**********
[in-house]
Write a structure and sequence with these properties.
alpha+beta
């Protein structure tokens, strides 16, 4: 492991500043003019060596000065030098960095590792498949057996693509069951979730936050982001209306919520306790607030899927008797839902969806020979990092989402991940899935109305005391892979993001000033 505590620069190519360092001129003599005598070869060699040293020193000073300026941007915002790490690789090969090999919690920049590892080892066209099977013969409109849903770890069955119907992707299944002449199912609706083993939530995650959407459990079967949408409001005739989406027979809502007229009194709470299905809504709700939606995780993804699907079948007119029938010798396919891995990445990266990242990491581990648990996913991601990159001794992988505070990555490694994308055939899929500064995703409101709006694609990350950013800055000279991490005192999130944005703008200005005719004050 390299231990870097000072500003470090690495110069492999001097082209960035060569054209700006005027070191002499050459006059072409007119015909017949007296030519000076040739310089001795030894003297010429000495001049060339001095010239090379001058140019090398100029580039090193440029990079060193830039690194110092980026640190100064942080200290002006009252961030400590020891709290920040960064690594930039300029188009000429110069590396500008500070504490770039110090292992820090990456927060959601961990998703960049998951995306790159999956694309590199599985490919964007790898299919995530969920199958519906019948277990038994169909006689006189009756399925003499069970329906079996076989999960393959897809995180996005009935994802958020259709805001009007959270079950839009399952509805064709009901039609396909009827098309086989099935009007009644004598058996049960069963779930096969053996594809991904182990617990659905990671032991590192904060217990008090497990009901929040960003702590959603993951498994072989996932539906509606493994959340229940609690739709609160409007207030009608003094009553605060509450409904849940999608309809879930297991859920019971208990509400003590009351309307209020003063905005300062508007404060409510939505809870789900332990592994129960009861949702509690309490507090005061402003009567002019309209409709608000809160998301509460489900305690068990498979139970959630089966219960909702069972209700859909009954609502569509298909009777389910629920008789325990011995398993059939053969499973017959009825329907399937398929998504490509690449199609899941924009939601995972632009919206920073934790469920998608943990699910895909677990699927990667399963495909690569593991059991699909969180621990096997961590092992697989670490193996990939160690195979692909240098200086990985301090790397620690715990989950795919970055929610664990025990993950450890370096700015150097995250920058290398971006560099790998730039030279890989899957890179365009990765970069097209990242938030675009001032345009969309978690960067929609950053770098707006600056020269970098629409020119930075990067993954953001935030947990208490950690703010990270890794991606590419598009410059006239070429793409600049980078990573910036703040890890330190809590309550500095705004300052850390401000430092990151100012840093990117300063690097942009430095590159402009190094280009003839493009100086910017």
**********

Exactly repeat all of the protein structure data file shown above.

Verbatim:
[in-house]
Write a structure and sequence with these properties.
alpha+beta
């Protein structure tokens, strides 16, 4: 492991500043003019060596000065030098960095590792498949057996693509069951979730936050982001209306919520306790607030899927008797839902969806020979990092989402991940899935109305005391892979993001000033 505590620069190519360092001129003599005598070869060699040293020193000073300026941007915002790490690789090969090999919690920049590892080892066209099977013969409109849903770890069955119907992707299944002449199912609706083993939530995650959407459990079967949408409001005739989406027979809502007229009194709470299905809504709700939606995780993804699907079948007119029938010798396919891995990445990266990242990491581990648990996913991601990159001794992988505070990555490694994308055939899929500064995703409101709006694609990350950013800055000279991490005192999130944005703008200005005719004050 390299231990870097000072500003470090690495110069492999001097082209960035060569054209700006005027070191002499050459006059072409007119015909017949007296030519000076040739310089001795030894003297010429000495001049060339001095010239090379001058140019090398100029580039090193440029990079060193830039690194110092980026640190100064942080200290002006009252961030400590020891709290920040960064690594930039300029188009000429110069590396500008500070504490770039110090292992820090990456927060959601961990998703960049998951995306790159999956694309590199599985490919964007790898299919995530969920199958519906019948277990038994169909006689006189009756399925003499069970329906079996076989999960393959897809995180996005009935994802958020259709805001009007959270079950839009399952509805064709009901039609396909009827098309086989099935009007009644004598058996049960069963779930096969053996594809991904182990617990659905990671032991590192904060217990008090497990009901929040960003702590959603993951498994072989996932539906509606493994959340229940609690739709609160409007207030009608003094009553605060509450409904849940999608309809879930297991859920019971208990509400003590009351309307209020003063905005300062508007404060409510939505809870789900332990592994129960009861949702509690309490507090005061402003009567002019309209409709608000809160998301509460489900305690068990498979139970959630089966219960909702069972209700859909009954609502569509298909009777389910629920008789325990011995398993059939053969499973017959009825329907399937398929998504490509690449199609899941924009939601995972632009919206920073934790469920998608943990699910895909677990699927990667399963495909690569593991059991699909969180621990096997961590092992697989670490193996990939160690195979692909240098200086990985301090790397620690715990989950795919970055929610664990025990993950450890370096700015150097995250920058290398971006560099790998730039030279890989899957890179365009990765970069097209990242938030675009001032345009969309978690960067929609950053770098707006600056020269970098629409020119930075990067993954953001935030947990208490950690703010990270890794991606590419598009410059006239070429793409600049980078990573910036703040890890330190809590309550500095705004300052850390401000430092990151100012840093990117300063690097942009430095590159402009190094280009003839493009100086910017």